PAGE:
Complaints also came from middle-class families, who were annoyed at the increasing emphasis on teaching to the test, rather than encouraging teachers to show creativity and stimulating students' imagination. [34] [35]

  • ^ "Paper Chase: US government: disabled students must be allowed to compete in extracurricular sports". 10–11
  • Ravitch, Diane.

    Left Back: A Century of Failed School Reforms.

  • ^ Gay, Geneva (2000). Culturally-Responsive Teaching.

    Academic performance impacts the perception of a school's educational program. Rural schools fare better than their urban counterparts in two key areas: test scores and drop-out rate. First, students in small schools performed equal to or better than their larger school counterparts.

    [84] In addition, on the 2005 National Assessment of Education Progress, 4th and 8th grade students scored as well or better in reading, science, and mathematics. [85]

  • ^ a b c d Arphattananon, Thithimadee (June 11, 2012). "Education that Leads to Nowhere: Thailand's Education Policy for Children of Migrants".

    International Journal of Multicultural Education.

    Education spending tops global list, study shows".

  • ^ Kathleen Kingsbury (August 14, 2008).

  • ^ "Archived: Fact Sheet on No Child Left Behind". 7th grade
  • ^ Racism and Education: Coincidence or Conspiracy? By David Gillborn In addition to curriculum that recognizes that gender impacts all students and their learning, other gender-sensitive curriculum directly engages gender-diversity issues and topics.

    Some curricular approaches include integrating gender through story problems, writing prompts, readings, art assignments, research projects and guest lectures that foster spaces for students to articulate their own understandings and beliefs about gender. [245] LGBTQ-inclusive curriculum [ edit ]

  • ^ "Research Center: Achievement Gap".

    Berube; American School Reform: Progressive, Equity, and Excellence Movements, 1883–1993. Online version

  • ^ "Lino Graglia, UT Law Professor, Decries Single Motherhood, Black Test Scores, And Affirmative Action (VIDEO)".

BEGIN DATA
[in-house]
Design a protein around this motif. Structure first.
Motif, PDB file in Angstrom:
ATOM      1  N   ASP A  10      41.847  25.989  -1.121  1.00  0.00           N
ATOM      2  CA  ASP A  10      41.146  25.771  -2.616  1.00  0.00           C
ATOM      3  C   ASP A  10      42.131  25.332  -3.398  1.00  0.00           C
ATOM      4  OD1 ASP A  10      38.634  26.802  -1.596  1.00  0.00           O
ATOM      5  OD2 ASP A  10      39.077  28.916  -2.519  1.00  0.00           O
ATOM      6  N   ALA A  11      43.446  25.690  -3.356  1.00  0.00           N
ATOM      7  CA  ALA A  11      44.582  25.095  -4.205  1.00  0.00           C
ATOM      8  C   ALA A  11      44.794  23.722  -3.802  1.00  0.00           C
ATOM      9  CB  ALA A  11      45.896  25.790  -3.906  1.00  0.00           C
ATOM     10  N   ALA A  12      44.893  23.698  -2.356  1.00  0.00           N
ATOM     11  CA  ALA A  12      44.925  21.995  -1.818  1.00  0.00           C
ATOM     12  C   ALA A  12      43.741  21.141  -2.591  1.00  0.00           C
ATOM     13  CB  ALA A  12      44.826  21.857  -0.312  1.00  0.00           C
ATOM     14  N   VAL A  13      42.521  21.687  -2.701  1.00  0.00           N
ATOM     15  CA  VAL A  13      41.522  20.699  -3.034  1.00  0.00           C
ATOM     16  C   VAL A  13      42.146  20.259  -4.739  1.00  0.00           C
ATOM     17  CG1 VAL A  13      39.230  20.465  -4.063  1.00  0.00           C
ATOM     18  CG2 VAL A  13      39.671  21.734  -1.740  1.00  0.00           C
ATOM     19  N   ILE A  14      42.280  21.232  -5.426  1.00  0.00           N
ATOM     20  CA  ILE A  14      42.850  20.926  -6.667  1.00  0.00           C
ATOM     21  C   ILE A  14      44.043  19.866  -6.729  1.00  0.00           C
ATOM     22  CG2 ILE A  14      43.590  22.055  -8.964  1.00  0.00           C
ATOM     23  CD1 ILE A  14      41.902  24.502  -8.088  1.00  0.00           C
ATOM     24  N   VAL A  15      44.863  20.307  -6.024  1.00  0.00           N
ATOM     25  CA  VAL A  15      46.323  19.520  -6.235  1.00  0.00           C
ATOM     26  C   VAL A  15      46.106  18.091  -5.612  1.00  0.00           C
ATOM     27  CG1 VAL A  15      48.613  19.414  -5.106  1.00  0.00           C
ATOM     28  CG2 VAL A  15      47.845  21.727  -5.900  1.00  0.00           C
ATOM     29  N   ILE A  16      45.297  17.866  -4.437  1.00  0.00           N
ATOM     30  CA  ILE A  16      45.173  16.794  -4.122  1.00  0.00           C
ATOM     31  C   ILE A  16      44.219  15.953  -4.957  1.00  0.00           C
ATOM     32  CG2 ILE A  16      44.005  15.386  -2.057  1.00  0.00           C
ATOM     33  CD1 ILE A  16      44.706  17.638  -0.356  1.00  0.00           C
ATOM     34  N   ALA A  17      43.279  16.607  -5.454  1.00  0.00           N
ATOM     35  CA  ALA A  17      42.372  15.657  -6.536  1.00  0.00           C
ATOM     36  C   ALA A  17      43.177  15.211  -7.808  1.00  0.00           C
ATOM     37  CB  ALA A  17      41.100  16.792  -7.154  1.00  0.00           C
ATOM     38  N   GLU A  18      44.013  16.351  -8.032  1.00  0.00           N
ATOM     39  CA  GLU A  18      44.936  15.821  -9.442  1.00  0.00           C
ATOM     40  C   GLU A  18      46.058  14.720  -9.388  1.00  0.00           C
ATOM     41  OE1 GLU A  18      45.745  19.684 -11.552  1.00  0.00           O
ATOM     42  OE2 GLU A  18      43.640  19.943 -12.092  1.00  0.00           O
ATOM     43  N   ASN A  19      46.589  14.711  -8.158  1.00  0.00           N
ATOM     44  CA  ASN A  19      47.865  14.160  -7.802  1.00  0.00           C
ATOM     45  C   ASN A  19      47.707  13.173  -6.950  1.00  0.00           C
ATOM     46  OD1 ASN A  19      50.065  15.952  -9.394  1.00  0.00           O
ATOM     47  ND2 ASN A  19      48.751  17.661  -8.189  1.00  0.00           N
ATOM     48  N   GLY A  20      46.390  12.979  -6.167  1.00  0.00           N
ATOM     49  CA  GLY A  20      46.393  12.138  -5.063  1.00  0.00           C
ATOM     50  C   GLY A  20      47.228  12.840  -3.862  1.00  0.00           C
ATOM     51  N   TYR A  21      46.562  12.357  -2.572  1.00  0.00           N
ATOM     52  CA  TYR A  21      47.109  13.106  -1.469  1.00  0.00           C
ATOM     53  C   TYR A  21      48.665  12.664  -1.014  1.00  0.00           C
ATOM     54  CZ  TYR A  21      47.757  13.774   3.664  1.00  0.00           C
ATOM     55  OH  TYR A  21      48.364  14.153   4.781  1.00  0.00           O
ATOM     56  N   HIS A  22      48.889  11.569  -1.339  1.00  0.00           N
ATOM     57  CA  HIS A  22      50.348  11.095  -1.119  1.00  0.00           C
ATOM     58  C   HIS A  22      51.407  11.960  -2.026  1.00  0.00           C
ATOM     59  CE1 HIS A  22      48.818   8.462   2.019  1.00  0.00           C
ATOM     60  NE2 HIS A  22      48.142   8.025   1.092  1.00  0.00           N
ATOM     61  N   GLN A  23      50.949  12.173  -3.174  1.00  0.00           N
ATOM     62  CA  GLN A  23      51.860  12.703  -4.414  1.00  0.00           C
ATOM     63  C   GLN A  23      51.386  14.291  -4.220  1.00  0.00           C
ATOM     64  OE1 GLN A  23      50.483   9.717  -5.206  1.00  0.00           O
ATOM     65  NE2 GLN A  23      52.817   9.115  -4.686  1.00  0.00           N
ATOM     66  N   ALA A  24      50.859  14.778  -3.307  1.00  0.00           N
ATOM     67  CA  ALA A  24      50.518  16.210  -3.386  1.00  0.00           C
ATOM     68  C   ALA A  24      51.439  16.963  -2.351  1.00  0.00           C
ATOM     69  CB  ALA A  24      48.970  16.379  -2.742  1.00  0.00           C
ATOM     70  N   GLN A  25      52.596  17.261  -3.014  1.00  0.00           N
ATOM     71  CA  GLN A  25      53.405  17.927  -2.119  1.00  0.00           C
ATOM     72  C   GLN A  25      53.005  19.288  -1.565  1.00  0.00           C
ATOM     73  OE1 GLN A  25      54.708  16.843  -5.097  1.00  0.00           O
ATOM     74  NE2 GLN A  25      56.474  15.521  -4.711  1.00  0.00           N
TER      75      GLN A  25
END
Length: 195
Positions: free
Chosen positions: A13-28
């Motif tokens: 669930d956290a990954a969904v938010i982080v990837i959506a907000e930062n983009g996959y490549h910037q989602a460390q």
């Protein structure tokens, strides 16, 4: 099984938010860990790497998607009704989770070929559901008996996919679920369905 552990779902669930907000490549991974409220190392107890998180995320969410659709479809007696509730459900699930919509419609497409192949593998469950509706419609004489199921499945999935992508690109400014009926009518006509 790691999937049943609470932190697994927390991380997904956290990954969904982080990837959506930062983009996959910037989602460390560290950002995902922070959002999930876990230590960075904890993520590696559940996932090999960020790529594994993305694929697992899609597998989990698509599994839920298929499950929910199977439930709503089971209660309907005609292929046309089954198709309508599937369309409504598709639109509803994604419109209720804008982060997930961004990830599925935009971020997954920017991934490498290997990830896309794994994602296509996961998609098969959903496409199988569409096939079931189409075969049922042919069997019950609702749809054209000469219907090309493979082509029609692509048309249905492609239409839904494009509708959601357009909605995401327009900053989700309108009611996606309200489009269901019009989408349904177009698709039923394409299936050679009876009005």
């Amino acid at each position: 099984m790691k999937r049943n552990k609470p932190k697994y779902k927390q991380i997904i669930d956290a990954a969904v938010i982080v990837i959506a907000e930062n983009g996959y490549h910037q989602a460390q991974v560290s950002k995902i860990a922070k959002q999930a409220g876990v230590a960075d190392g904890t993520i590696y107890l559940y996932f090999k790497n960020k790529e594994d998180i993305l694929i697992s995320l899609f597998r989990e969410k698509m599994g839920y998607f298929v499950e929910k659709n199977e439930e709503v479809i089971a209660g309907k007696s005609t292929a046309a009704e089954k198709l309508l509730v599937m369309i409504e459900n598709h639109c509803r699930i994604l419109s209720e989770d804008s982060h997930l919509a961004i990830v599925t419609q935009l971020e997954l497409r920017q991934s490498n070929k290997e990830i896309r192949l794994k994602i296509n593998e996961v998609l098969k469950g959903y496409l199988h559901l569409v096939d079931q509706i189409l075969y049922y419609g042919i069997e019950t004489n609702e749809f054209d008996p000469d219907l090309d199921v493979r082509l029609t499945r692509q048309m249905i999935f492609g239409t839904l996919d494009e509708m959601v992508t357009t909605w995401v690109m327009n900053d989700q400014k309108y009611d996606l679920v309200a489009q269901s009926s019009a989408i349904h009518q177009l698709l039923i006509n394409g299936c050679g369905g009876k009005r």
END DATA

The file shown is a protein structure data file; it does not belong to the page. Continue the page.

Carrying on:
• ^ "Poll: Creationism Trumps Evolution. Archived from the original on October 12, 2007. CS1 maint: Archived copy as title ( link)
  • ^ " Amid charge of bias, Rapelye stands firm".
  • ^ a b "Literacy in America" (PDF). National Center for Educational Statistics.
  • ^ Amurao, Carla (February 21, 2013).

    "Fact Sheet: Is the Dropout Problem Real?". Tavis Smiley Reports: Episode 6: Education Under Arrest.

  • ^ "Home School Legal Defense Association". High
  • ^ "College Pricing and Student Aid – Pressroom".
  • Green, Elizabeth (2014)

    Building a Better Teacher: How Teaching Works (and How to Teach It to Everyone).

  • ^ Campbell, pp 78–9, 226–7 Sports programs and their related games, especially football and basketball, are major events for American students and for larger schools can be a major source of funds for school districts.

    The reliance on local funding sources has led to a long history of court challenges about how states fund their schools. These challenges have relied on interpretations of state constitutions after a U.

    Supreme Court ruling that school funding was not a matter of the U. Constitution ( San Antonio independent school District v.

    The state court cases, beginning with the California case of Serrano v. 3d 584 (1971), were initially concerned with equity in funding, which was defined in terms of variations in spending across local school districts.

    More recently, state court cases have begun to consider what has been called 'adequacy. ' These cases have questioned whether the total amount of spending was sufficient to meet state constitutional requirements

    . Perhaps the most famous adequacy case is Abbott v.

    2d 376 (1985), which has involved state court supervision over several decades and has led to some of the highest spending of any U. Districts in the so-called Abbott districts.

    The background and results of these cases are analyzed in a book by Eric Hanushek and Alfred Lindseth. [158] That analysis concludes that funding differences are not closely related to student outcomes and thus that the outcomes of the court cases have not led to improved policies.

  • ^ Barshay, Jill (April 16, 2013).

    "Per pupil spending by school district in the United States". Teachers College, Columbia University. Teachers worked from about 35 to 46 hours a week, in a survey taken in 1993. [66] In 2011, American teachers worked 1,097 hours in the classroom, the most for any industrialized nation measured by the Organisation for Economic Co-operation and Development.

    They spend 1,913 hours a year on their work, just below the national average of 1,932 hours for all workers. [67] In 2011, the average annual salary of a preK–12 teacher was $55,040. [68] [ better source needed]

  • ^ Reader's Digest, pp.

     123–7, March 2006; Cheating: "but everybody is doing it"

    . The Transformation of the School: Progressivism in American Education, 1876–1957.